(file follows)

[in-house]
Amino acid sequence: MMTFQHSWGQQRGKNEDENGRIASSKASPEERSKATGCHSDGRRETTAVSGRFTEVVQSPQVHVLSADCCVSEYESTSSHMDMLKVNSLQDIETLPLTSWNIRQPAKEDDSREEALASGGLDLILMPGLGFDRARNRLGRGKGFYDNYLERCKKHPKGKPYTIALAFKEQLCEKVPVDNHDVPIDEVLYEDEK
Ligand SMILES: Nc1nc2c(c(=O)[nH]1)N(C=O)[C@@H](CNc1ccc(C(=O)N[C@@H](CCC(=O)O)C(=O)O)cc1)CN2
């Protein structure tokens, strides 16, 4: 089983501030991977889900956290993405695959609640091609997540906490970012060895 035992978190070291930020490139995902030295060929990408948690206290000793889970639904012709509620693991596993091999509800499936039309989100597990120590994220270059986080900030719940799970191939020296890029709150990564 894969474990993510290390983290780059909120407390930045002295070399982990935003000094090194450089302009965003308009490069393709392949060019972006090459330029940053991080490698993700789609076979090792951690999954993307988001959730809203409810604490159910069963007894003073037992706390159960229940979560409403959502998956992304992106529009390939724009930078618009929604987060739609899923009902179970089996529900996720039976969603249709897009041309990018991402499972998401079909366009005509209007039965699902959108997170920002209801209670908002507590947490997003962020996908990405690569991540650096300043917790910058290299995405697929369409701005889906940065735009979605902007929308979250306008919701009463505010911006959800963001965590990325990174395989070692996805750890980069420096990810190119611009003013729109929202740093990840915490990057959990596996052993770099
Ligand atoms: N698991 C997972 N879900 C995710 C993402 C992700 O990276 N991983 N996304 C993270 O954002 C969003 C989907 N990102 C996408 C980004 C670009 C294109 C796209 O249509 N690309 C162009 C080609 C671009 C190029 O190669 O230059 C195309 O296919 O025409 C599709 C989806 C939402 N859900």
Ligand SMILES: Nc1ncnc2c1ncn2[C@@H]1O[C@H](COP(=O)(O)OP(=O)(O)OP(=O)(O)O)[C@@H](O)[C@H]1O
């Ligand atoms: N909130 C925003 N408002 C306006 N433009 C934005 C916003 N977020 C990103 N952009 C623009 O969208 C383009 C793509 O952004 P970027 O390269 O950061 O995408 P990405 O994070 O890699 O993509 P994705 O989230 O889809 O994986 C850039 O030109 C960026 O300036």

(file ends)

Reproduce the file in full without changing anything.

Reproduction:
[in-house]
Amino acid sequence: MMTFQHSWGQQRGKNEDENGRIASSKASPEERSKATGCHSDGRRETTAVSGRFTEVVQSPQVHVLSADCCVSEYESTSSHMDMLKVNSLQDIETLPLTSWNIRQPAKEDDSREEALASGGLDLILMPGLGFDRARNRLGRGKGFYDNYLERCKKHPKGKPYTIALAFKEQLCEKVPVDNHDVPIDEVLYEDEK
Ligand SMILES: Nc1nc2c(c(=O)[nH]1)N(C=O)[C@@H](CNc1ccc(C(=O)N[C@@H](CCC(=O)O)C(=O)O)cc1)CN2
């Protein structure tokens, strides 16, 4: 089983501030991977889900956290993405695959609640091609997540906490970012060895 035992978190070291930020490139995902030295060929990408948690206290000793889970639904012709509620693991596993091999509800499936039309989100597990120590994220270059986080900030719940799970191939020296890029709150990564 894969474990993510290390983290780059909120407390930045002295070399982990935003000094090194450089302009965003308009490069393709392949060019972006090459330029940053991080490698993700789609076979090792951690999954993307988001959730809203409810604490159910069963007894003073037992706390159960229940979560409403959502998956992304992106529009390939724009930078618009929604987060739609899923009902179970089996529900996720039976969603249709897009041309990018991402499972998401079909366009005509209007039965699902959108997170920002209801209670908002507590947490997003962020996908990405690569991540650096300043917790910058290299995405697929369409701005889906940065735009979605902007929308979250306008919701009463505010911006959800963001965590990325990174395989070692996805750890980069420096990810190119611009003013729109929202740093990840915490990057959990596996052993770099
Ligand atoms: N698991 C997972 N879900 C995710 C993402 C992700 O990276 N991983 N996304 C993270 O954002 C969003 C989907 N990102 C996408 C980004 C670009 C294109 C796209 O249509 N690309 C162009 C080609 C671009 C190029 O190669 O230059 C195309 O296919 O025409 C599709 C989806 C939402 N859900």
Ligand SMILES: Nc1ncnc2c1ncn2[C@@H]1O[C@H](COP(=O)(O)OP(=O)(O)OP(=O)(O)O)[C@@H](O)[C@H]1O
């Ligand atoms: N909130 C925003 N408002 C306006 N433009 C934005 C916003 N977020 C990103 N952009 C623009 O969208 C383009 C793509 O952004 P970027 O390269 O950061 O995408 P990405 O994070 O890699 O993509 P994705 O989230 O889809 O994986 C850039 O030109 C960026 O300036």